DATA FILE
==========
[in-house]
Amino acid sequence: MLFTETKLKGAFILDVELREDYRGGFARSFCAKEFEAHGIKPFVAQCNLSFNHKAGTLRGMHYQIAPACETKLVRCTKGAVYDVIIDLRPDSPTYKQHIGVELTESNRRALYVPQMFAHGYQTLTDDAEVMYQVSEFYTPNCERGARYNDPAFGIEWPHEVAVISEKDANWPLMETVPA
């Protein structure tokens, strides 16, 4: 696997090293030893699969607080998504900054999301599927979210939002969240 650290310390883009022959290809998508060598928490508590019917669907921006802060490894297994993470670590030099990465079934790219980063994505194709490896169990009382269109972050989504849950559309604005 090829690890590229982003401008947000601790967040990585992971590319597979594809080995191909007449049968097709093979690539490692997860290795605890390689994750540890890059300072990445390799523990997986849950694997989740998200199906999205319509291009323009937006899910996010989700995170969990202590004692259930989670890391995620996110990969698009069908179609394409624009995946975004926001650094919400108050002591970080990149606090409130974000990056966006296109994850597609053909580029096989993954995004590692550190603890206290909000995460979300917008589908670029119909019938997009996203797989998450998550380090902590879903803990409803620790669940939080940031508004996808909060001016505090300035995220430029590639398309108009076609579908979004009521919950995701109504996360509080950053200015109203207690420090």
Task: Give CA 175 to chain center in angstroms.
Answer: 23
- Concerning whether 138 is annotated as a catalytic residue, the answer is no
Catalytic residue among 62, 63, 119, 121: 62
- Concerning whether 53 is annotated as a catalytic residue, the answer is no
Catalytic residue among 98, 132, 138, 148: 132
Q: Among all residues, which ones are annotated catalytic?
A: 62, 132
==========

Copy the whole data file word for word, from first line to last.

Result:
[in-house]
Amino acid sequence: MLFTETKLKGAFILDVELREDYRGGFARSFCAKEFEAHGIKPFVAQCNLSFNHKAGTLRGMHYQIAPACETKLVRCTKGAVYDVIIDLRPDSPTYKQHIGVELTESNRRALYVPQMFAHGYQTLTDDAEVMYQVSEFYTPNCERGARYNDPAFGIEWPHEVAVISEKDANWPLMETVPA
């Protein structure tokens, strides 16, 4: 696997090293030893699969607080998504900054999301599927979210939002969240 650290310390883009022959290809998508060598928490508590019917669907921006802060490894297994993470670590030099990465079934790219980063994505194709490896169990009382269109972050989504849950559309604005 090829690890590229982003401008947000601790967040990585992971590319597979594809080995191909007449049968097709093979690539490692997860290795605890390689994750540890890059300072990445390799523990997986849950694997989740998200199906999205319509291009323009937006899910996010989700995170969990202590004692259930989670890391995620996110990969698009069908179609394409624009995946975004926001650094919400108050002591970080990149606090409130974000990056966006296109994850597609053909580029096989993954995004590692550190603890206290909000995460979300917008589908670029119909019938997009996203797989998450998550380090902590879903803990409803620790669940939080940031508004996808909060001016505090300035995220430029590639398309108009076609579908979004009521919950995701109504996360509080950053200015109203207690420090």
Task: Give CA 175 to chain center in angstroms.
Answer: 23
- Concerning whether 138 is annotated as a catalytic residue, the answer is no
Catalytic residue among 62, 63, 119, 121: 62
- Concerning whether 53 is annotated as a catalytic residue, the answer is no
Catalytic residue among 98, 132, 138, 148: 132
Q: Among all residues, which ones are annotated catalytic?
A: 62, 132